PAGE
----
In China they were worshiped by girls and young women as the SevenSistersofIndustry, while as the 1st sieu (Moon Mansion) they were Mao, Mau, or Maou, anciently Mol, The Constellation, and Gang, of unknown signification, Alcyone being the determinant.

On the Euphrates, with the Hyades, they seem to have been Mastabbagalgalla, the Great Twins of the ecliptic, Castor and Pollux (Gemini) being the same in the zodiac.

In the 5th century before Christ Euripides mentioned them with Aetos, our Altair, as nocturnal timekeepers; and Sappho, a century previously, marked the middle of the night by their setting. Centuries still earlier Hesiod and Homer brought them into their most beautiful verse; the former calling them Atlagenes, Atlas-born. The patriarch Job is thought to refer to them twice in his word Kimah, a Cluster, or Heap, which the Hebrew herdsman-prophet Amos, probably contemporary with Hesiod, also used; the prophet’s term being translated “the seven stars” in our Authorized Version, but “Pleiades” in the Revised. The similar Babylonian-Assyrian Kimtu, or Kimmatu, signifies a “Family Group,” for which the Syrians had Kima, quoted in Humboldt’s Cosmos as Gemat; this most natural simile is repeated in Seneca’s Medea as densosPleiadumgreges. Manilius had GlomerabileSidus, the Rounded Asterism, equivalent to the {Page 394} GlobusPleiadum of Valerius Flaccus; while Brown translates the Pleiades; of Aratos as the FlockofClusterers

In Milton’s description of the Creation it is said of the sun that

the gray Dawn and the Pleiades before him danced,

Shedding sweet influence, —

the original of these last words being taken by the poet from the BookofJob, xxxviii, 31, in the Authorized Version, that some have thought an astrological reference to the Pleiades as influencing the fortunes of mankind, or to their presumed influential position as the early leaders of the Lunar Mansions. The Revised Version, however, renders them “cluster,” and the Septuagint by the Greek word for “band,” as if uniting the members of the group into a fillet; others translate it as “girdle,” a conception of their figure seen in Amr al Kais’ contribution to the Muallakat, translated by Sir William Jones:

It was the hour when the Pleiades appeared in the firmament like the folds of a silken sash variously decked with gems.

Von Herder gave Job’s verse as:

Canst thou bind together the brilliant Pleiades ?

Beigel as:

Canst thou not arrange together the rosette of diamonds of the Pleiades ?

and Hafiz wrote to a friend:

To thy poems Heaven affixes the Pearl Rosette of the Pleiades as a seal of immortality.

An opening rose also was a frequent Eastern simile; while in Sadi’s Gulistan, the Rose-garden, we read:

The ground was as if strewn with pieces of enamel, and rows of Pleiades seemed to hang on the branches of the trees;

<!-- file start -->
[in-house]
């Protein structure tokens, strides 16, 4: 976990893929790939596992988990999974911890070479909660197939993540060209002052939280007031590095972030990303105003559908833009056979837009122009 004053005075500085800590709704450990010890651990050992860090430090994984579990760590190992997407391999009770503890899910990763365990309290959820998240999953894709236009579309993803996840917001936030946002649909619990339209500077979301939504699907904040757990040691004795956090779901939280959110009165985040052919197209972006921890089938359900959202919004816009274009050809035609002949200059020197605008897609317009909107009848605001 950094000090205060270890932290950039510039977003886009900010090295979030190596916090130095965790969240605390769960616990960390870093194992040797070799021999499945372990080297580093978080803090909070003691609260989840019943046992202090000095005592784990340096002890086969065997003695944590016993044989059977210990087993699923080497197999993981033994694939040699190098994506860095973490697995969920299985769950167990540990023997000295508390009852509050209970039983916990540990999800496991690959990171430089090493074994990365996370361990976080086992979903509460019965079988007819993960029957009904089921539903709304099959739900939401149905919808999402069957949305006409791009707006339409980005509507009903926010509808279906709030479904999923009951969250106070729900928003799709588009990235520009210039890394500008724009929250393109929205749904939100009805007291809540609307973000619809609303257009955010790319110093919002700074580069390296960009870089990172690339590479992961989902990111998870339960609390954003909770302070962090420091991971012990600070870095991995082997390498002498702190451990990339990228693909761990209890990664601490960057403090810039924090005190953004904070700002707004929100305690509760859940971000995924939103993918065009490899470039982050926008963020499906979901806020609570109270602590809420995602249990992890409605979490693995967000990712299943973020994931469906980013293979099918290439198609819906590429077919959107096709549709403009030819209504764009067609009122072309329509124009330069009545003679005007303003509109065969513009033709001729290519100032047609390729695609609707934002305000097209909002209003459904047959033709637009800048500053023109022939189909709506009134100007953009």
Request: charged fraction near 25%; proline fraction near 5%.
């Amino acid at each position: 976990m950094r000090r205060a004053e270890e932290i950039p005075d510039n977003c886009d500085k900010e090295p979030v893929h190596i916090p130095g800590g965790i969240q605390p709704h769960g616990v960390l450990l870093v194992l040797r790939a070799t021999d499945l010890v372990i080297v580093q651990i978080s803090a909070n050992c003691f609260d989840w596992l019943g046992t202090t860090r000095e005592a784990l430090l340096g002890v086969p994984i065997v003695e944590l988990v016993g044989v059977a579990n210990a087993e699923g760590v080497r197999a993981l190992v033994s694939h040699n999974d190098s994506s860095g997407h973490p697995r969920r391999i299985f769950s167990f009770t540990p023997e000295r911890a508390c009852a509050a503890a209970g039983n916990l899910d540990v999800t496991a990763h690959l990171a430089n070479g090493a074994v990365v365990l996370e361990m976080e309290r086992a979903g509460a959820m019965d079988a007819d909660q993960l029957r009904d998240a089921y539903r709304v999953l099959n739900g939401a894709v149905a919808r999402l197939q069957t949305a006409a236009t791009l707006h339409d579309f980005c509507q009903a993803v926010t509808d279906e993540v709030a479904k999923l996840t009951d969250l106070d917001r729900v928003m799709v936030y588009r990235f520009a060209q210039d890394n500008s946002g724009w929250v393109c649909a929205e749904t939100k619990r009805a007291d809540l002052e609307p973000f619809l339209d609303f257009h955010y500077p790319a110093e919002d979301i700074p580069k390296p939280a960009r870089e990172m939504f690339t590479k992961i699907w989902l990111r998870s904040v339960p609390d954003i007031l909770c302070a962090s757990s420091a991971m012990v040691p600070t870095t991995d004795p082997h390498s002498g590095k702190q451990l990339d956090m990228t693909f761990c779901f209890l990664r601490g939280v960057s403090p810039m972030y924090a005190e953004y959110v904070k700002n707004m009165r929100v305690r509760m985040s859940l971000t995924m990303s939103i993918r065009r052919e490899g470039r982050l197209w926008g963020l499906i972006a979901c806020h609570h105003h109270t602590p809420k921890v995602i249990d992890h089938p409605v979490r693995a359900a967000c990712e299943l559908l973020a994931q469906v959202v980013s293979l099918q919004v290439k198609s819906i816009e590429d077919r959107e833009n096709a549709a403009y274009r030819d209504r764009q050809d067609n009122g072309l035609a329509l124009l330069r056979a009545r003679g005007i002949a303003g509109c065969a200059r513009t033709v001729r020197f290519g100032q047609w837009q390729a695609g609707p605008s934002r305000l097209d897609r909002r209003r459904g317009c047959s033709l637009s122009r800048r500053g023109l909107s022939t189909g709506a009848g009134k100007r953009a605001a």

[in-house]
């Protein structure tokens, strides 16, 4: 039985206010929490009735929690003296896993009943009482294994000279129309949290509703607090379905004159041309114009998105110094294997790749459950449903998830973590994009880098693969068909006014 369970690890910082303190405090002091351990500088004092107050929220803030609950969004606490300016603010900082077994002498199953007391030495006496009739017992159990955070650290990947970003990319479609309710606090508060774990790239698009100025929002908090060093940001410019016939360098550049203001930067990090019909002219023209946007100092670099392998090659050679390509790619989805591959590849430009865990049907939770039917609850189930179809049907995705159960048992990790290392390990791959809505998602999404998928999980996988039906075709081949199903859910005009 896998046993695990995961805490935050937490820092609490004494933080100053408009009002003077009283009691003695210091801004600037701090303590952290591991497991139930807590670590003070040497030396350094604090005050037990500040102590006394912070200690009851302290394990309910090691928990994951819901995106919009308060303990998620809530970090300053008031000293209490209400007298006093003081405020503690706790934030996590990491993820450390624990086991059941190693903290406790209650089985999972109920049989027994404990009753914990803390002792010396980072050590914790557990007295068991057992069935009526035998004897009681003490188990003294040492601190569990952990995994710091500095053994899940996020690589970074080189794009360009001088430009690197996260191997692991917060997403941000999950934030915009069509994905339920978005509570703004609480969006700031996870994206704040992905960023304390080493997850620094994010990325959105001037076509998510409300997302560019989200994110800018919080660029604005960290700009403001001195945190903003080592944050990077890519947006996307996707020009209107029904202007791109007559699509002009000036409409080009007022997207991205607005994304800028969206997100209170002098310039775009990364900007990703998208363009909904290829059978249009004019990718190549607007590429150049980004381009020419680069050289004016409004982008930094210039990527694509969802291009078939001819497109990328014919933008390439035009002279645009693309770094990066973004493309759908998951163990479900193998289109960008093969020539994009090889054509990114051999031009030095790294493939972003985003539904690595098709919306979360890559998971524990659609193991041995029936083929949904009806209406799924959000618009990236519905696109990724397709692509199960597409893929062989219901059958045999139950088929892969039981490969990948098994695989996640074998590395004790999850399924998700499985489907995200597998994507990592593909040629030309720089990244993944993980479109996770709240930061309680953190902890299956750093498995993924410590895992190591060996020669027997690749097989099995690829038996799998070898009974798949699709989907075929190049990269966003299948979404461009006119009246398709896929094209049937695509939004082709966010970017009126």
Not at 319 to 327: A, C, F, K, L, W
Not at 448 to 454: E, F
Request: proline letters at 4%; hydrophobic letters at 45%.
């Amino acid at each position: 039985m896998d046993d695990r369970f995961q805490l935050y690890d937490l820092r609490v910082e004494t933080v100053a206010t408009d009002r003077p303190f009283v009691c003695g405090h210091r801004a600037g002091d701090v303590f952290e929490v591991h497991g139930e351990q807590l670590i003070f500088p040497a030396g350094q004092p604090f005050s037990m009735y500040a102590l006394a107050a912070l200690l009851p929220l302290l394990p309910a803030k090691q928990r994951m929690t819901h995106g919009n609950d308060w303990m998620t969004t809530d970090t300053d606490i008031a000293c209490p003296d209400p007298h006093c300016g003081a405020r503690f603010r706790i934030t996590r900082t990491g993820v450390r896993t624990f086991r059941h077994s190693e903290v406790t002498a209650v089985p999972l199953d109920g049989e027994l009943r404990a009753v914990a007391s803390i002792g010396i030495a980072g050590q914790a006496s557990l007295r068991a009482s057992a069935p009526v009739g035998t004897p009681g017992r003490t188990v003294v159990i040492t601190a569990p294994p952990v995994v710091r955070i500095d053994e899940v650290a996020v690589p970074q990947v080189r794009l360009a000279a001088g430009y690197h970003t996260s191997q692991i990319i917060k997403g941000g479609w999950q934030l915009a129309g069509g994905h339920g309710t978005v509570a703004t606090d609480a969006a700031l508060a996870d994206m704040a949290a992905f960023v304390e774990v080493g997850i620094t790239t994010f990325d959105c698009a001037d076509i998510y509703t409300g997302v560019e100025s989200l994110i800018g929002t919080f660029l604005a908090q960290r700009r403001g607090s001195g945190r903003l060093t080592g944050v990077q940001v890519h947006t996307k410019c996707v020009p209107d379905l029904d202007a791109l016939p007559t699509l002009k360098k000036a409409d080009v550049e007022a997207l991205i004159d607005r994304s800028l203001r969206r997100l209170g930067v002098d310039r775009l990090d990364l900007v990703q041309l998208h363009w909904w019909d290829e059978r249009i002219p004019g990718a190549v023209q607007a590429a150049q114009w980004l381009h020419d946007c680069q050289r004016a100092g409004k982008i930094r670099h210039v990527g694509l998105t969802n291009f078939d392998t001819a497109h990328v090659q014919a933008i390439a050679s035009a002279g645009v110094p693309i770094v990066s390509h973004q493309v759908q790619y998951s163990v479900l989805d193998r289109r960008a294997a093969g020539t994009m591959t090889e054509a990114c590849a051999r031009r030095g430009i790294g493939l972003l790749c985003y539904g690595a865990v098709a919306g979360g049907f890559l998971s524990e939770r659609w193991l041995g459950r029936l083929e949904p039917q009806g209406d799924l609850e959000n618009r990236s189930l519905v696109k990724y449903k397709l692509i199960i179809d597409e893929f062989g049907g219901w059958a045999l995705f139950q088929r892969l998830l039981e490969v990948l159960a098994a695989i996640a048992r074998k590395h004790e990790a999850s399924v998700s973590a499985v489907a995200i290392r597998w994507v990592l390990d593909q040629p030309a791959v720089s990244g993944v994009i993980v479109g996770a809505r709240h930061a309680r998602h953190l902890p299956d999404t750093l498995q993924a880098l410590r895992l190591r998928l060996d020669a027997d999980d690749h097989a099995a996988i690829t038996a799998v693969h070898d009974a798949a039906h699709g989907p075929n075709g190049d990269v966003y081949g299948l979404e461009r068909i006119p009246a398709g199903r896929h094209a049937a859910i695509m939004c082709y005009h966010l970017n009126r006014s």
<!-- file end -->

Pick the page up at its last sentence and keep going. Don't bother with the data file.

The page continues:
or, in Graf’s translation:

as though the tops of the trees were encircled by the necklace of the Pleiades.

William Roscoe Thayer repeated the Persian thought in his Halid

slowly the Pleiades

Dropt like dew from bough to bough of the cinnamon trees.

{Page 395} That all these wrote better than they knew is graphically shown by Miss Clerke where, alluding to recent photographs of the cluster by the Messrs. Henry of Paris, she says:

The most curious of these was the threading together of stars by filmy processes. In one case seven aligned stars appeared strung on a nebulous filament “like beads on a rosary.” The “rows of stars,” so often noticed in the sky, may therefore be concluded to have more than an imaginary existence.

The title, written also Pliades and, in the singular, Plias, has commonly been derived from plein “to sail,” for the heliacal rising of the group in May marked the opening of navigation to the Greeks, as its setting in the late autumn did the close. But this probably was an afterthought, and a better derivation is from pleios, the Epic form of pleos, “full,” or, in the plural, “many,” a very early astronomical treatise by an unknown Christian writer having Plyadespluralitate. This coincides with the biblical Kimah and the Arabic word for them — AlThurayya. But as Pleione was the mother of the seven sisters, it would seem still more probable that from her name our title originated.

Some of the poets, among them Athenaeus, Hesiod, Pindar, and Simonides, likening the stars to Rock-pigeons flying from the Hunter Orion, wrote the word Peleiades, which, although perhaps done partly for metrical reasons, again shows the intimate connection in early legend of this group with a flock of birds. When these had left the earth they were turned into the Pleiad stars. Aeschylus assigned the daughters’ pious grief at their father’s (Atlas) labor in bearing the world as the cause of their transformation and subsequent transfer to the heavens; but he thought these Peleiadesapteroi, “wingless.” Other versions made them the Seven Doves that carried ambrosia to the infant Zeus, one of the flock being crushed when passing between the Symplegades, although the god filled up the number again. This probably originated in that of the dove which helped Argo through; Homer telling us in the Odyssey that